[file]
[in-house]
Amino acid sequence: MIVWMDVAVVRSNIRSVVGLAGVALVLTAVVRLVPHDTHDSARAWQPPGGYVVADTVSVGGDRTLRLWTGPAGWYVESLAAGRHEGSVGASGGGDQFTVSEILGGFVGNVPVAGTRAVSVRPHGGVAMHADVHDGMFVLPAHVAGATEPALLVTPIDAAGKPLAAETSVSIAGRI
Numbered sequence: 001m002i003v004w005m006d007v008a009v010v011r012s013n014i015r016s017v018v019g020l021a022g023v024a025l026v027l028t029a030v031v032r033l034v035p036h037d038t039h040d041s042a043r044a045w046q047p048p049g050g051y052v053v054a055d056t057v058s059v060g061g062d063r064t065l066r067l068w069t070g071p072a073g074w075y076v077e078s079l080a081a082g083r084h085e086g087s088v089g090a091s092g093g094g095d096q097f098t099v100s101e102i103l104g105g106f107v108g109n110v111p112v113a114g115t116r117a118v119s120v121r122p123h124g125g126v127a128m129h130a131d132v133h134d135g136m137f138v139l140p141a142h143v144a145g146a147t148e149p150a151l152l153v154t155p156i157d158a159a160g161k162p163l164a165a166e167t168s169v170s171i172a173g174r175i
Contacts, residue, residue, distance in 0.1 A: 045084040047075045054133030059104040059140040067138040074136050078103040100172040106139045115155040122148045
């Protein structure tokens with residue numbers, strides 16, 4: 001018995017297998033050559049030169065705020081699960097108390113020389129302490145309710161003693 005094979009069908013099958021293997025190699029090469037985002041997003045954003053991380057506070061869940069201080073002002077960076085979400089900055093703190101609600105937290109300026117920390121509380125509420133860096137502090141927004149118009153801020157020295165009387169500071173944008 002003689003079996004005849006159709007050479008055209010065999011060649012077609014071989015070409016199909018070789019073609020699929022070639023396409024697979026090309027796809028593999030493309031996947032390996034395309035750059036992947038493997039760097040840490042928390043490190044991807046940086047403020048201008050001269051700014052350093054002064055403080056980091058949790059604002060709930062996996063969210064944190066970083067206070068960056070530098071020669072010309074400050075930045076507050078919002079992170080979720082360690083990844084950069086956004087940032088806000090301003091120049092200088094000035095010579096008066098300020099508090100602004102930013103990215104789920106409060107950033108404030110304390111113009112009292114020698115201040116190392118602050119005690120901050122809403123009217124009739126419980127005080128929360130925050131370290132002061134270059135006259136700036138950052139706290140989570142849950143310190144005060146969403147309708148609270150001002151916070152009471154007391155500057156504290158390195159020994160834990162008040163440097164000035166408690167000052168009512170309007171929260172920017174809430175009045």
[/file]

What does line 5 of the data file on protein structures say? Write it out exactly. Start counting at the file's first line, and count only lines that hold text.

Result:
């Protein structure tokens with residue numbers, strides 16, 4: 001018995017297998033050559049030169065705020081699960097108390113020389129302490145309710161003693 005094979009069908013099958021293997025190699029090469037985002041997003045954003053991380057506070061869940069201080073002002077960076085979400089900055093703190101609600105937290109300026117920390121509380125509420133860096137502090141927004149118009153801020157020295165009387169500071173944008 002003689003079996004005849006159709007050479008055209010065999011060649012077609014071989015070409016199909018070789019073609020699929022070639023396409024697979026090309027796809028593999030493309031996947032390996034395309035750059036992947038493997039760097040840490042928390043490190044991807046940086047403020048201008050001269051700014052350093054002064055403080056980091058949790059604002060709930062996996063969210064944190066970083067206070068960056070530098071020669072010309074400050075930045076507050078919002079992170080979720082360690083990844084950069086956004087940032088806000090301003091120049092200088094000035095010579096008066098300020099508090100602004102930013103990215104789920106409060107950033108404030110304390111113009112009292114020698115201040116190392118602050119005690120901050122809403123009217124009739126419980127005080128929360130925050131370290132002061134270059135006259136700036138950052139706290140989570142849950143310190144005060146969403147309708148609270150001002151916070152009471154007391155500057156504290158390195159020994160834990162008040163440097164000035166408690167000052168009512170309007171929260172920017174809430175009045």